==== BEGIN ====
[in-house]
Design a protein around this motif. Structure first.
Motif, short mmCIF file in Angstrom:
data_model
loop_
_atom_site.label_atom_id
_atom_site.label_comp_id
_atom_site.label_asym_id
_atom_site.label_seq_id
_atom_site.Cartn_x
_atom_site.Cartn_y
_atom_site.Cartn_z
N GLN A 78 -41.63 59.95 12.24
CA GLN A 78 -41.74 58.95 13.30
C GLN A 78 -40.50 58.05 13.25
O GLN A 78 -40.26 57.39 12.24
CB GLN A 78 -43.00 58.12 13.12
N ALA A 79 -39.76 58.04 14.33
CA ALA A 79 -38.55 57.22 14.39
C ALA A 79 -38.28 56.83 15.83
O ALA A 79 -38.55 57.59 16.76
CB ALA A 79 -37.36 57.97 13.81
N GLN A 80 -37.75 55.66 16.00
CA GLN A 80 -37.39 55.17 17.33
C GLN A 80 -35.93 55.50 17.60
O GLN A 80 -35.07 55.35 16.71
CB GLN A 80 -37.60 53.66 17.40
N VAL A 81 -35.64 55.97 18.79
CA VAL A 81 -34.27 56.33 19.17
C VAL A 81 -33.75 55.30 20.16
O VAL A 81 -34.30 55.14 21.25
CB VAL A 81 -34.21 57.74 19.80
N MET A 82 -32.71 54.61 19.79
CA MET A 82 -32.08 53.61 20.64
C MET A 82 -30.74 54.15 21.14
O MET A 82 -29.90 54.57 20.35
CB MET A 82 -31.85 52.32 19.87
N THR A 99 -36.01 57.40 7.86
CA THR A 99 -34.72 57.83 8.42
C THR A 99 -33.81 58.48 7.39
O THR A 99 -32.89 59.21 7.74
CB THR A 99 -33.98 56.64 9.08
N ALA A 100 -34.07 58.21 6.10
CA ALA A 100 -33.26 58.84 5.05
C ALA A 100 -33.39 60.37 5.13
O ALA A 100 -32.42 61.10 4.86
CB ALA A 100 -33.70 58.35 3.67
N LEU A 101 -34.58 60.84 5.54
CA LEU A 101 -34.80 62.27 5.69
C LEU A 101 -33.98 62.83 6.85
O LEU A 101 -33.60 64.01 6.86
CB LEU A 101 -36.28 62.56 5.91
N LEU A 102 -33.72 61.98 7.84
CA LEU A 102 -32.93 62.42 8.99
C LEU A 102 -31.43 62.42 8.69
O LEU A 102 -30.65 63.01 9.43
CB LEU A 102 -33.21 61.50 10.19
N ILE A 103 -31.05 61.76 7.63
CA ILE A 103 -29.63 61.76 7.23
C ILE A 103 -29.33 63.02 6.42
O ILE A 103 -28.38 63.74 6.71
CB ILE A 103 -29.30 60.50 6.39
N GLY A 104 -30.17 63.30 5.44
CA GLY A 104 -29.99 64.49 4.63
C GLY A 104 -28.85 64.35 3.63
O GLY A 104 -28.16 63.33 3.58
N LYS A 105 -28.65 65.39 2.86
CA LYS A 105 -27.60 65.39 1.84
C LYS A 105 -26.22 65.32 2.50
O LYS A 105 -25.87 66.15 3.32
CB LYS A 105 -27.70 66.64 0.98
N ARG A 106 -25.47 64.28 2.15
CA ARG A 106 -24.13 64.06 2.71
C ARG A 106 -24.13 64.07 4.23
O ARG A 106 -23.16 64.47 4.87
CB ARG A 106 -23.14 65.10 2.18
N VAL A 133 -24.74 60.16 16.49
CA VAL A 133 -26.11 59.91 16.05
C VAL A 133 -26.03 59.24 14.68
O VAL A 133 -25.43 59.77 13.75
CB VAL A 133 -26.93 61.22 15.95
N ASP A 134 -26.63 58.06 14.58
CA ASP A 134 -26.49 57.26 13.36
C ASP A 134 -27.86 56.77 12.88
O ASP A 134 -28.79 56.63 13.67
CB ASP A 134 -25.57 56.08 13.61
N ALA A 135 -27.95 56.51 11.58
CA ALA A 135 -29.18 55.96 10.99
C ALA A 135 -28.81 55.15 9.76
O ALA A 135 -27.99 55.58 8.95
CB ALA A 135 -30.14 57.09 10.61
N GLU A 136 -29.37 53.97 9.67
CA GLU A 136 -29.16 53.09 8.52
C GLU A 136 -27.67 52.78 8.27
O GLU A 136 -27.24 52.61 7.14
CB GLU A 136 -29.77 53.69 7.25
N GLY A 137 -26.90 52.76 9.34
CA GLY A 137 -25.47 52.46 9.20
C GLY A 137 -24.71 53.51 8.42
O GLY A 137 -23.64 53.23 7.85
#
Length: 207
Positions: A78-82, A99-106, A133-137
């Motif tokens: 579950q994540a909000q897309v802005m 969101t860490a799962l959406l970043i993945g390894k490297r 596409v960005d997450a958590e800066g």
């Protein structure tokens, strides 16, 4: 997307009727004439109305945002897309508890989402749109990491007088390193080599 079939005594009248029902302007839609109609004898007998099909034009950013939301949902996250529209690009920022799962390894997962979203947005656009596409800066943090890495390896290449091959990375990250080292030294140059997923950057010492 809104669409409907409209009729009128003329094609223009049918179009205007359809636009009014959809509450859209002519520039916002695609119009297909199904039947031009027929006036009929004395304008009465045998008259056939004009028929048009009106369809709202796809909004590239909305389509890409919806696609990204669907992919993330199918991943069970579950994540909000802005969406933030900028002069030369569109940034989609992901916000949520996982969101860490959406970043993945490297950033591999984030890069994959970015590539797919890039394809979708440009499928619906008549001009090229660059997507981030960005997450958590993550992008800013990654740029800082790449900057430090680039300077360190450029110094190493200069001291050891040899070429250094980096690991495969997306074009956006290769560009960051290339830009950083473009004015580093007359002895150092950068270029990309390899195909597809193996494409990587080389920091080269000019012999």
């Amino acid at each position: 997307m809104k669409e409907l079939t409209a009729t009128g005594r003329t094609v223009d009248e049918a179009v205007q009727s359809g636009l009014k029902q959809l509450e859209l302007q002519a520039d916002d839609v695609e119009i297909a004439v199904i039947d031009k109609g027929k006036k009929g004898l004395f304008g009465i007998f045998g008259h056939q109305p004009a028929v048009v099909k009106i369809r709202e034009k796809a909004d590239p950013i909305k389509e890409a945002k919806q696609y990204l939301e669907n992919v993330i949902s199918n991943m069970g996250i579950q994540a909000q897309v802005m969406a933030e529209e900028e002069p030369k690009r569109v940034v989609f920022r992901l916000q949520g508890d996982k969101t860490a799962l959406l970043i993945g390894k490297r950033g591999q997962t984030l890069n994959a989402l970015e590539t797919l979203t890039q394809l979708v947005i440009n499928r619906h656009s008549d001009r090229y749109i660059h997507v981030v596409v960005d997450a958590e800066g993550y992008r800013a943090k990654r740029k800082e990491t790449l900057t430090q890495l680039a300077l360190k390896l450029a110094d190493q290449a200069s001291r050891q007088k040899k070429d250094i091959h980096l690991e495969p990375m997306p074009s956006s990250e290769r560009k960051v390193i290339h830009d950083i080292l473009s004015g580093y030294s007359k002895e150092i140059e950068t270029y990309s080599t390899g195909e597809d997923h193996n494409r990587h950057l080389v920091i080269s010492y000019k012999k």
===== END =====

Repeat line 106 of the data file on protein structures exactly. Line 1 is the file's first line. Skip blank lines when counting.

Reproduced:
């Amino acid at each position: 997307m809104k669409e409907l079939t409209a009729t009128g005594r003329t094609v223009d009248e049918a179009v205007q009727s359809g636009l009014k029902q959809l509450e859209l302007q002519a520039d916002d839609v695609e119009i297909a004439v199904i039947d031009k109609g027929k006036k009929g004898l004395f304008g009465i007998f045998g008259h056939q109305p004009a028929v048009v099909k009106i369809r709202e034009k796809a909004d590239p950013i909305k389509e890409a945002k919806q696609y990204l939301e669907n992919v993330i949902s199918n991943m069970g996250i579950q994540a909000q897309v802005m969406a933030e529209e900028e002069p030369k690009r569109v940034v989609f920022r992901l916000q949520g508890d996982k969101t860490a799962l959406l970043i993945g390894k490297r950033g591999q997962t984030l890069n994959a989402l970015e590539t797919l979203t890039q394809l979708v947005i440009n499928r619906h656009s008549d001009r090229y749109i660059h997507v981030v596409v960005d997450a958590e800066g993550y992008r800013a943090k990654r740029k800082e990491t790449l900057t430090q890495l680039a300077l360190k390896l450029a110094d190493q290449a200069s001291r050891q007088k040899k070429d250094i091959h980096l690991e495969p990375m997306p074009s956006s990250e290769r560009k960051v390193i290339h830009d950083i080292l473009s004015g580093y030294s007359k002895e150092i140059e950068t270029y990309s080599t390899g195909e597809d997923h193996n494409r990587h950057l080389v920091i080269s010492y000019k012999k």